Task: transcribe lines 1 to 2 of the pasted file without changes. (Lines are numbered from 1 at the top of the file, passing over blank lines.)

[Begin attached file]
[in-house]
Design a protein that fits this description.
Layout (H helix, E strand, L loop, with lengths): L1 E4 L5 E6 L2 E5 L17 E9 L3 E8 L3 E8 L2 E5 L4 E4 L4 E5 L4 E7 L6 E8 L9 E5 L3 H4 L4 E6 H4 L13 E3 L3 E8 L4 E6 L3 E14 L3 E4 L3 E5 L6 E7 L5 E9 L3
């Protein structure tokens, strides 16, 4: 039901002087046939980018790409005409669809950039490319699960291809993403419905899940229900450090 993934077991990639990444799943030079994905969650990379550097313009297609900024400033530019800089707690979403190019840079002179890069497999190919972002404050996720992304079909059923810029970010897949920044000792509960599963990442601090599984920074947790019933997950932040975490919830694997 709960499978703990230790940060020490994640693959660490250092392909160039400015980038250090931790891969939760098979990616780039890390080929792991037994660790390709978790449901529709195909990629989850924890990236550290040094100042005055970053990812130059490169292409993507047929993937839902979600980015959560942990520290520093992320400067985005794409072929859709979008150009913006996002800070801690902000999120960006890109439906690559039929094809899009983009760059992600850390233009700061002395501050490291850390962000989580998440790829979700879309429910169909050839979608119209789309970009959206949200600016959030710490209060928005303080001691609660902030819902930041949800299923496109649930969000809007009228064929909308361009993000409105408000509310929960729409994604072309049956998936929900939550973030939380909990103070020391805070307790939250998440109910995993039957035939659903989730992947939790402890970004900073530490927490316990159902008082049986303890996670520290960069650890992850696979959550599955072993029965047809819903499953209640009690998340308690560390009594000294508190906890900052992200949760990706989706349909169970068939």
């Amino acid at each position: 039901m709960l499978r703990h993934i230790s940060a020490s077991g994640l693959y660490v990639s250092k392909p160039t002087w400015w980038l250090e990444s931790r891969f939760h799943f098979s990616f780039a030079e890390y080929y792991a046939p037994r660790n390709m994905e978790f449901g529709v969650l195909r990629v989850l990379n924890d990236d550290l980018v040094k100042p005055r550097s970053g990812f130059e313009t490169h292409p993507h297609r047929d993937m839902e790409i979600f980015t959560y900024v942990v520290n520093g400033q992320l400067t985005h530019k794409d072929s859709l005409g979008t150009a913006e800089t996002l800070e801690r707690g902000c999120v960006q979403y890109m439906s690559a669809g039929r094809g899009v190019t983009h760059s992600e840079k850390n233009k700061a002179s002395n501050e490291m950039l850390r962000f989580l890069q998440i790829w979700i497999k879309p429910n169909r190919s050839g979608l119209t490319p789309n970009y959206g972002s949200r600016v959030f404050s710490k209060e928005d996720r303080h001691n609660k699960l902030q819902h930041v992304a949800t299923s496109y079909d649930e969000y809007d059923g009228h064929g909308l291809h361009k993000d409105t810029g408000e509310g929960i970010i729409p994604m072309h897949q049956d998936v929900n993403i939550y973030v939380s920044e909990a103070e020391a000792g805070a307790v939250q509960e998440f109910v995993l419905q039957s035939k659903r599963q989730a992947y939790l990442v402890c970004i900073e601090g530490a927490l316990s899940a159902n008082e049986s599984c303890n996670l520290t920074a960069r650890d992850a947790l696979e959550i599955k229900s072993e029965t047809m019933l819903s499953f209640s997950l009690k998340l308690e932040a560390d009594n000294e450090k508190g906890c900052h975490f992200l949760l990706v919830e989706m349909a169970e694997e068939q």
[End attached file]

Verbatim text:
[in-house]
Design a protein that fits this description.